A Guide to Home Buying Closing Costs

Buying a home involves two major costs to the buyer: the down payment and closing costs. When you begin the loan application process, the law requires the lender to provide a Good Faith Estimate (GFE), which estimates closing costs and includes both bank charges and third-party fees. A better understanding of closing fees can save you money.

Closing costs typically range from one to five percent of the loan amount and will vary based on the type of mortgage, and the location of the property.

When Do You Pay Closing Costs?

After signing the purchase agreement to buy a home, you then submit a deposit to the real estate agent which will remain in escrow until closing. The deposit counts towards the funds needed for closing. If the deal falls through you risk losing the deposit.

When the loan closes, the escrow company subtracts seller-paid fees and lender credits for the total amount due. You pay the remaining balance, which will include both the down payment and the closing costs.

Closing costs include numerous fees from the bank and third-party vendors. Table 1 estimates lender closing fees common on home loans. Estimates based on a $250,000 loan.

Table 1: Lender Fees
> Item Fee Origination Fee 0-1% of the loan amount Discount Fee or Points 0-2% of the loan amount Mortgage Broker Fee 0-1% of the loan amount Processing Fee $450 Application Fee/ Commitment Fee $100 - $350 Underwriting Fee $300 - $900 Lock-In Fee $100-$300

Origination Fee provides compensation to the lender for processing the loan. Lowering the origination fee could raise the interest rate or lead to higher processing and underwriting fees.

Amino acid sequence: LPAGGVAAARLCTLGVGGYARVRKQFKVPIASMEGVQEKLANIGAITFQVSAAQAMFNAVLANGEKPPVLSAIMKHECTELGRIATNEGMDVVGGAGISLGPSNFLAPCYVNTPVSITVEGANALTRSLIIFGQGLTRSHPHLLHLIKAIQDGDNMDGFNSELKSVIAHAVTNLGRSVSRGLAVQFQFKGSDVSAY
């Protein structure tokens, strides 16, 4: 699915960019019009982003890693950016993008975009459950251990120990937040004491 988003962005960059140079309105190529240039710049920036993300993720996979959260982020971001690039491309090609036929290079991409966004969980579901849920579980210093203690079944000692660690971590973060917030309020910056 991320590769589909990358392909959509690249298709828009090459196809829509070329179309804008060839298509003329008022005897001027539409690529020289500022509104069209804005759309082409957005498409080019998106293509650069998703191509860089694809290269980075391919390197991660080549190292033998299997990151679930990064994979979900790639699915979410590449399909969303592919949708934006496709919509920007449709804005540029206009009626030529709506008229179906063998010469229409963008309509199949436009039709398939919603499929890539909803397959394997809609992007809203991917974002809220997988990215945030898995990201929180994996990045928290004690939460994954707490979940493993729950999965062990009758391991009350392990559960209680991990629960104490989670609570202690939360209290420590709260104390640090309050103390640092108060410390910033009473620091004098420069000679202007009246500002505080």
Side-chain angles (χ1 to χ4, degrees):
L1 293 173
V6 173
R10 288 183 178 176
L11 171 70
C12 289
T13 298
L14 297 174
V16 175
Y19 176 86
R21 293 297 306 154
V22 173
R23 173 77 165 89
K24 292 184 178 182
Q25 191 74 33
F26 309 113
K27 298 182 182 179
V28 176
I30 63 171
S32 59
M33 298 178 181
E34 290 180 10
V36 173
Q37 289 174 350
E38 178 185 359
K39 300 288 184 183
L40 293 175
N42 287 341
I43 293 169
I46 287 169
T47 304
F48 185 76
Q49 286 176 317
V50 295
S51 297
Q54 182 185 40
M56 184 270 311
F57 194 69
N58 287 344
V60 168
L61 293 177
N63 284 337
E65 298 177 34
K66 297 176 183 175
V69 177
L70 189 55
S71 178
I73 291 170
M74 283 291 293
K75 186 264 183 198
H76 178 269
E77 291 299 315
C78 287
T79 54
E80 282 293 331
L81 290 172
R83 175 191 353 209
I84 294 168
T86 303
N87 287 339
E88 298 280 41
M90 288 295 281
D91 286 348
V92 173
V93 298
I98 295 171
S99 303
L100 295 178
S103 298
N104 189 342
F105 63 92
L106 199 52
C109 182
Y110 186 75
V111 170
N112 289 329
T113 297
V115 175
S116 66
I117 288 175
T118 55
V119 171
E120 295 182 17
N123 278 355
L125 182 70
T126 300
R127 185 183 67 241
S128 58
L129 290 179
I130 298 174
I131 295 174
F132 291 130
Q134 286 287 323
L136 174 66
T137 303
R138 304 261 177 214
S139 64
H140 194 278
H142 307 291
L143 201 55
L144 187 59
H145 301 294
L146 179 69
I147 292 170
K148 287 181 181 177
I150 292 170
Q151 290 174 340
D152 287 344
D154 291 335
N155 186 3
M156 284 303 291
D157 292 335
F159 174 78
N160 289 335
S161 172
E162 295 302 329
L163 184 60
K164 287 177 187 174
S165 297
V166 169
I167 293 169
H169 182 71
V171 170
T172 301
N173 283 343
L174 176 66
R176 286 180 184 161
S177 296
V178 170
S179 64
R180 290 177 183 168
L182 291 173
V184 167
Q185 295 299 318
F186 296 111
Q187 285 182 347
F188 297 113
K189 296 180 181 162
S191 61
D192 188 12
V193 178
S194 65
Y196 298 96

Discount Fee or Points directly impact the interest rate. Sometimes referred to as buying down the rate, you pay higher closing costs in exchange for lower interest. The correlated rate reduction will depend on the interest rate environment at the time of the loan and the term. One percent of the loan amount is worth one point.

Mortgage Broker Fee goes to mortgage brokers. You should pay either origination or a mortgage broker fee, not both.

Processing Fee pays the lender for processing the loan, including gathering necessary documentation.

Application Fee/Commitment Fee is due at the time of the application. Regardless of approval, lenders do not refund the application fee.

Underwriting Fee pays for underwriting the loan.

Lock-In Fee secures the loan rate for a set time. For instance, the lender may offer a free lock for 30 days, but charge for a longer rate lock or a rate lock extension.

Lenders charge for ordered services which commonly include the following:

Table 2: Services Ordered by The Lender
Item Fee
Credit Report Fee $20 to $40
Tax Service Fee $50
Wire Transfer Fee $25
Flood Certification $20
Courier Fee/Postal Fee $20 to $30

Credit Report Fee: Lenders review all three credit reports, and reporting agencies charge for their services.

Tax Service Fee pays for the review of court records identifying any tax liens on the property.

Wire Transfer Fee: Home loans typically require multiple wire transfers. For instance, the bank wires the loan proceeds and then the seller receives a payment along with a lender to pay off any existing loans.

Flood Certification: A report verifying whether the home is in a designated flood zone determined by FEMA maps, which can raise the cost of insuring the home.

Courier Fee/ Postage Fee pays for overnight or hand-delivered documents.   

Upfront Fees

Government-backed loans require upfront fees, paid at closing, while conventional loans do not require upfront fees.